— Sex in Education - or, A Fair Chance for Girls • Edward H. Clarke

... that good upon their fellows. Kant was disposed to regard the traditional forms of Christian doctrine, not as the old rationalism had done, as impositions of a priesthood or inherently absurd. He sought to divest them indeed of that which was speculatively untrue, though he saw in them only symbols of the great moral truths which lie at the heart of religion. The historical spirit of the next fifty years was to teach men a very different way of ...
— Edward Caldwell Moore - Outline of the History of Christian Thought Since Kant • Edward Moore

... the question whether I was to talk to him officially, the difficulty being that he could not divest himself of his official position, and that it would be awkward to speak with me in a purely private capacity. I said I had come officially, so far as the approval of the King and the Cabinet was concerned, ...
— Before the War • Viscount Richard Burton Haldane

... mind which makes us argue from the nature of effects to the nature of the agency. The first impulse would be to ascribe every intelligent effect to some human agency, but other circumstances would subsequently incline the savage reluctantly to divest the agent of one or more of the limitations of humanity, and to clothe him with preter-human attributes. Nearly all the supernormal phenomena believed in by primitive man—so far as we can judge of him from contemporary savagery—would suggest the agency of an invisible ...
— The Faith of the Millions (2nd series) • George Tyrrell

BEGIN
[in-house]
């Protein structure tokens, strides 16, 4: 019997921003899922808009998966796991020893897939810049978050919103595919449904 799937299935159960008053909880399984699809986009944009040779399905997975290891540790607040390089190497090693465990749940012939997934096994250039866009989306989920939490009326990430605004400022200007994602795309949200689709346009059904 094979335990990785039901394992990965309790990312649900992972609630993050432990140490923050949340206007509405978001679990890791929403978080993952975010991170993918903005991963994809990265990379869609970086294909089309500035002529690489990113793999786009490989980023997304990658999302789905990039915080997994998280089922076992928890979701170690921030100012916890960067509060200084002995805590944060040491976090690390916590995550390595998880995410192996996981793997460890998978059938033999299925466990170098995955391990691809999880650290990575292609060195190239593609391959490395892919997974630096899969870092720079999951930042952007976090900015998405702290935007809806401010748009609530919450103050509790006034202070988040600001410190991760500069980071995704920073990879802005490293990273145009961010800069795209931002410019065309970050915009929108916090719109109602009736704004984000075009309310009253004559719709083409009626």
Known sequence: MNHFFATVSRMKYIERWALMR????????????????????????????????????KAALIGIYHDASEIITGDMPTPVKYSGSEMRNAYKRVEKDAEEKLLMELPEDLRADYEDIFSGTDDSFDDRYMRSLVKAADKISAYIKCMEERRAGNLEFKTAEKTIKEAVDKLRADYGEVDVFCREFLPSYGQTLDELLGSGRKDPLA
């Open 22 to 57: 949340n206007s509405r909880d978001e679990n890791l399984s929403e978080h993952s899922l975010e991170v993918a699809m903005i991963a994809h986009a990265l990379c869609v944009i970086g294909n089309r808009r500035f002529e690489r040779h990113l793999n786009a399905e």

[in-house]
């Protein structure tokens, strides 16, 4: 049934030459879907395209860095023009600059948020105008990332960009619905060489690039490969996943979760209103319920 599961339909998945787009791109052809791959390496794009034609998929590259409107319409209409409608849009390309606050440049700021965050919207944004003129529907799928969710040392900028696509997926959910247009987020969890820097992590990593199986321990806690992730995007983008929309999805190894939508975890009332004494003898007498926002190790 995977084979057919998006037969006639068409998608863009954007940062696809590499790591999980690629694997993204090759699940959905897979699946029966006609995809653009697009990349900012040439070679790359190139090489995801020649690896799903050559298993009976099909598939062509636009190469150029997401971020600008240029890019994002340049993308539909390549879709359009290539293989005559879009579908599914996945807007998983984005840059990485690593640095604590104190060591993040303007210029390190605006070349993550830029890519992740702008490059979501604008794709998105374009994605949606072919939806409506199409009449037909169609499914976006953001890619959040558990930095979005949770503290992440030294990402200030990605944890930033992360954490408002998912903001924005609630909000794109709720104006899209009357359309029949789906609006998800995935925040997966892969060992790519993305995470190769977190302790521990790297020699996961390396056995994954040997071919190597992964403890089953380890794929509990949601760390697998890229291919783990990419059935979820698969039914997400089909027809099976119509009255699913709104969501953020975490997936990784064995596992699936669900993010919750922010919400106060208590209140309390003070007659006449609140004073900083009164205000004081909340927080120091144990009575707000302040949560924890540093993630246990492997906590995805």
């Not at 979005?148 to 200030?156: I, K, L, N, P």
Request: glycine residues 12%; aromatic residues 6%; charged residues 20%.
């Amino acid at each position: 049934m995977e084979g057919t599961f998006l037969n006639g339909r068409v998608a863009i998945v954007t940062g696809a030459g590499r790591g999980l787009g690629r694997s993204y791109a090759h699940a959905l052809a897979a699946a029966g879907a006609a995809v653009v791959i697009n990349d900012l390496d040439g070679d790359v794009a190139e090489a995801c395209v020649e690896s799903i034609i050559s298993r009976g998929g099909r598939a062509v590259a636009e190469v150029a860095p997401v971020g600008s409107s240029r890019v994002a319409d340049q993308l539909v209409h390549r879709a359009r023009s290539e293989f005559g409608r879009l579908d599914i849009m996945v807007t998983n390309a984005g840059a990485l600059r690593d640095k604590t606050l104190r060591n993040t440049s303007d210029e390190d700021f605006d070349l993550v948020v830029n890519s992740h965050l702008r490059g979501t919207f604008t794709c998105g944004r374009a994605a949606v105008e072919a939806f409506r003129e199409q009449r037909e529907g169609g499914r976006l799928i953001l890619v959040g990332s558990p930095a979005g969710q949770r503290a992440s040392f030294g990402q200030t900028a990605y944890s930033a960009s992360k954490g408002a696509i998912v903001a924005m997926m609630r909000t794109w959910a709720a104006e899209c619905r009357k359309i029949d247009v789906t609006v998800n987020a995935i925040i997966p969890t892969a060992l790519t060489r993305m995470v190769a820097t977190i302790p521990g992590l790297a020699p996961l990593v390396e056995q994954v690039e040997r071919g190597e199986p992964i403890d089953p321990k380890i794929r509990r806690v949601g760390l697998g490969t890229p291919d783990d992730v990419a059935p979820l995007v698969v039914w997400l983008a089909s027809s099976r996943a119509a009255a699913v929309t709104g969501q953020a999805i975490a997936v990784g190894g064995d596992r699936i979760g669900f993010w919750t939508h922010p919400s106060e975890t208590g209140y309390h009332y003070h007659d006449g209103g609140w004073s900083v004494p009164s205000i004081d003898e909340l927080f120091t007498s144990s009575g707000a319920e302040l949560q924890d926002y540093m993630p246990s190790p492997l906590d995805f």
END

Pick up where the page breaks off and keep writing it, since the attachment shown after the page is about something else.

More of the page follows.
... happiness, she assured me, although she could not promise me at once that ardour of affection which my present enthusiasm seemed to require, that if a grateful and submissive wife could satisfy my wishes, I should be possessed of her entire devotion. But although thus reassured, I could scarcely divest myself of apprehension, and on the morning of our nuptials, which took place in the Royal Chapel, in presence of the whole court, her countenance wore a look of such deadly, such fixed despair, that the joy even of that happy moment when I was ...
— Theresa Marchmont • Mrs Charles Gore

... testimony, my heart rejoiced, and was exceeding glad, for it removed many dark doubts from my own mind also. From that time, my desire to read the New Testament, that I might discover the best means of acting according to the doctrines of Jesus, was greatly increased. I endeavoured to divest myself of all selfish bias, and loved more and more to inquire into religious subjects. I saw, and continue to see, many of the doctrines of the Roman Catholic church, which I could not believe, and which I found opposed to the truths of the Gospel; and I wished much to find some of her best ...